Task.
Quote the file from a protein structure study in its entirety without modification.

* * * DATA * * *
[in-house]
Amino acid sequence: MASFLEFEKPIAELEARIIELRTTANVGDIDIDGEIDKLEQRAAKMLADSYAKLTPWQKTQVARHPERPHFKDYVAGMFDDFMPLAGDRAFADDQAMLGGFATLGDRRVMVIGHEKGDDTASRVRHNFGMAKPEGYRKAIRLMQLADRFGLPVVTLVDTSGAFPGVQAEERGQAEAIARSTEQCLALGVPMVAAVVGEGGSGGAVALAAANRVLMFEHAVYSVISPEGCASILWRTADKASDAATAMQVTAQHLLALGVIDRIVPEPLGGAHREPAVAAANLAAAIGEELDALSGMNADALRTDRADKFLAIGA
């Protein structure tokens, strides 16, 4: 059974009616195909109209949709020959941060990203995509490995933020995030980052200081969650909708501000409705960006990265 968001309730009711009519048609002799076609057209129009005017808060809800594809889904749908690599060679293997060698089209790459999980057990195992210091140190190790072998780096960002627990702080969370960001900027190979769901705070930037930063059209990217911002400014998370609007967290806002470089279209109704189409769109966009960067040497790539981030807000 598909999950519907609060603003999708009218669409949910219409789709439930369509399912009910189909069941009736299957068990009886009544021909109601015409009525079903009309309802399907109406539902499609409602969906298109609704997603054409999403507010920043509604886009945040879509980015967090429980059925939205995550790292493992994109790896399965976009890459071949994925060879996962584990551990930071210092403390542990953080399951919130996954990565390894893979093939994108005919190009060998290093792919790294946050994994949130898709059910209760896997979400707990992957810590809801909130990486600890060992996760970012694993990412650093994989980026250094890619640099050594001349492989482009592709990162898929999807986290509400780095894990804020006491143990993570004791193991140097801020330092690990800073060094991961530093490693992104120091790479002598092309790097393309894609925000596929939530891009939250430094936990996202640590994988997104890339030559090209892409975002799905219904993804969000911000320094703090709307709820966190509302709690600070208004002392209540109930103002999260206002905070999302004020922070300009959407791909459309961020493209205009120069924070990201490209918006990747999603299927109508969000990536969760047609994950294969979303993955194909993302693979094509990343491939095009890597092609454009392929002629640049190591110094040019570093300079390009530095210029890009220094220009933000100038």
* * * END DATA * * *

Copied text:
[in-house]
Amino acid sequence: MASFLEFEKPIAELEARIIELRTTANVGDIDIDGEIDKLEQRAAKMLADSYAKLTPWQKTQVARHPERPHFKDYVAGMFDDFMPLAGDRAFADDQAMLGGFATLGDRRVMVIGHEKGDDTASRVRHNFGMAKPEGYRKAIRLMQLADRFGLPVVTLVDTSGAFPGVQAEERGQAEAIARSTEQCLALGVPMVAAVVGEGGSGGAVALAAANRVLMFEHAVYSVISPEGCASILWRTADKASDAATAMQVTAQHLLALGVIDRIVPEPLGGAHREPAVAAANLAAAIGEELDALSGMNADALRTDRADKFLAIGA
């Protein structure tokens, strides 16, 4: 059974009616195909109209949709020959941060990203995509490995933020995030980052200081969650909708501000409705960006990265 968001309730009711009519048609002799076609057209129009005017808060809800594809889904749908690599060679293997060698089209790459999980057990195992210091140190190790072998780096960002627990702080969370960001900027190979769901705070930037930063059209990217911002400014998370609007967290806002470089279209109704189409769109966009960067040497790539981030807000 598909999950519907609060603003999708009218669409949910219409789709439930369509399912009910189909069941009736299957068990009886009544021909109601015409009525079903009309309802399907109406539902499609409602969906298109609704997603054409999403507010920043509604886009945040879509980015967090429980059925939205995550790292493992994109790896399965976009890459071949994925060879996962584990551990930071210092403390542990953080399951919130996954990565390894893979093939994108005919190009060998290093792919790294946050994994949130898709059910209760896997979400707990992957810590809801909130990486600890060992996760970012694993990412650093994989980026250094890619640099050594001349492989482009592709990162898929999807986290509400780095894990804020006491143990993570004791193991140097801020330092690990800073060094991961530093490693992104120091790479002598092309790097393309894609925000596929939530891009939250430094936990996202640590994988997104890339030559090209892409975002799905219904993804969000911000320094703090709307709820966190509302709690600070208004002392209540109930103002999260206002905070999302004020922070300009959407791909459309961020493209205009120069924070990201490209918006990747999603299927109508969000990536969760047609994950294969979303993955194909993302693979094509990343491939095009890597092609454009392929002629640049190591110094040019570093300079390009530095210029890009220094220009933000100038």